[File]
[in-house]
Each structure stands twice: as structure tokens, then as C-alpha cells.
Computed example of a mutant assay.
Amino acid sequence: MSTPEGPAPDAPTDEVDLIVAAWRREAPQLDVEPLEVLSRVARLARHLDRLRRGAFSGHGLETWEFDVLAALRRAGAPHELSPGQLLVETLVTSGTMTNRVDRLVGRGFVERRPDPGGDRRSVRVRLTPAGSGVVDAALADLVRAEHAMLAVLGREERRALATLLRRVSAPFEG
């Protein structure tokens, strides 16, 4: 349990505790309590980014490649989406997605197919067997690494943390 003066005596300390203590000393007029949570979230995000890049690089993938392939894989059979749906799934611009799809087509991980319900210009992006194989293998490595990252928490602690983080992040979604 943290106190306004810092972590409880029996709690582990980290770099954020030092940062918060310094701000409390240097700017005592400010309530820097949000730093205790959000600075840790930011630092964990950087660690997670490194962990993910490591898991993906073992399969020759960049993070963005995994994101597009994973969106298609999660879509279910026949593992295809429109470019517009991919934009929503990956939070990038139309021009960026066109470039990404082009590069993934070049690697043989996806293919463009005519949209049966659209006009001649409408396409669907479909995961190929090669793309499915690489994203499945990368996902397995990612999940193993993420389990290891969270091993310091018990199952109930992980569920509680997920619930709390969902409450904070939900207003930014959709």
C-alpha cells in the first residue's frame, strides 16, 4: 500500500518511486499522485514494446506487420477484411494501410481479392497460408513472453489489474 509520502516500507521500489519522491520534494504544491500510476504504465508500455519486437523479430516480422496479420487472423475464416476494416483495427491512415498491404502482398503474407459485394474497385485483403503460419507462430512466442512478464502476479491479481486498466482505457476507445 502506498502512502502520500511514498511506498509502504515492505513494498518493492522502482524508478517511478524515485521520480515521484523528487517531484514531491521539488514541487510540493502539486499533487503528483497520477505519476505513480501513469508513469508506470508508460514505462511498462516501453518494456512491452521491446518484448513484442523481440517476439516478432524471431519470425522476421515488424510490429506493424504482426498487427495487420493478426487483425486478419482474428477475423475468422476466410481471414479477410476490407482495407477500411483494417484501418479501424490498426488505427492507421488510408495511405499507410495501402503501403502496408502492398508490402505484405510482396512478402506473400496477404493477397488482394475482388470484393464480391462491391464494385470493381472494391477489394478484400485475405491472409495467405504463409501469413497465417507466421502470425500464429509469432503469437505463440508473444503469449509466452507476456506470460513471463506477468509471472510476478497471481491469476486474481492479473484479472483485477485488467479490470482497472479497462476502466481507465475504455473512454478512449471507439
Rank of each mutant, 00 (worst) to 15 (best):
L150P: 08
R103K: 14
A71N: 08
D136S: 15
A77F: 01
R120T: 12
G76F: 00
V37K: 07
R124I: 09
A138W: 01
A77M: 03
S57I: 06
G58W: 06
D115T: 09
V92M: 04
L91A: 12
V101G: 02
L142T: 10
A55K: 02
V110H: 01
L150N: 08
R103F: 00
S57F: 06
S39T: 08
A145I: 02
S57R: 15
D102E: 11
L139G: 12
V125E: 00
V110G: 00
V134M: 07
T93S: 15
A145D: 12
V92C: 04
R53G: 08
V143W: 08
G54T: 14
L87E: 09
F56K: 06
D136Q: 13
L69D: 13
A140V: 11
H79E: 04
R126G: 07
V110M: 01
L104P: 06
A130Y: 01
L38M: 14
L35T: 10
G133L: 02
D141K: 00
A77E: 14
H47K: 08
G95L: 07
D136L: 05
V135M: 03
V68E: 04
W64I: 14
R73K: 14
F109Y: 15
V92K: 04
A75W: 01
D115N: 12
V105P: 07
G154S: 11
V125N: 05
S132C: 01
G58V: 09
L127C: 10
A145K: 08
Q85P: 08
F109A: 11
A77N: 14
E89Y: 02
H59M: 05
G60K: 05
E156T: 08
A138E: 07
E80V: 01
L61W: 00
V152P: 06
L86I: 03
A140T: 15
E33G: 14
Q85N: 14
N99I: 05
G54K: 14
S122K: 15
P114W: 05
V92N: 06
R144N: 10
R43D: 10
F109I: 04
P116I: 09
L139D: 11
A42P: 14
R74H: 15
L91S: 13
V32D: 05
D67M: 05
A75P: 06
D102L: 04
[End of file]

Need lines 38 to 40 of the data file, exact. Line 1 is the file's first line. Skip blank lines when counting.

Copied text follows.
V134M: 07
T93S: 15
A145D: 12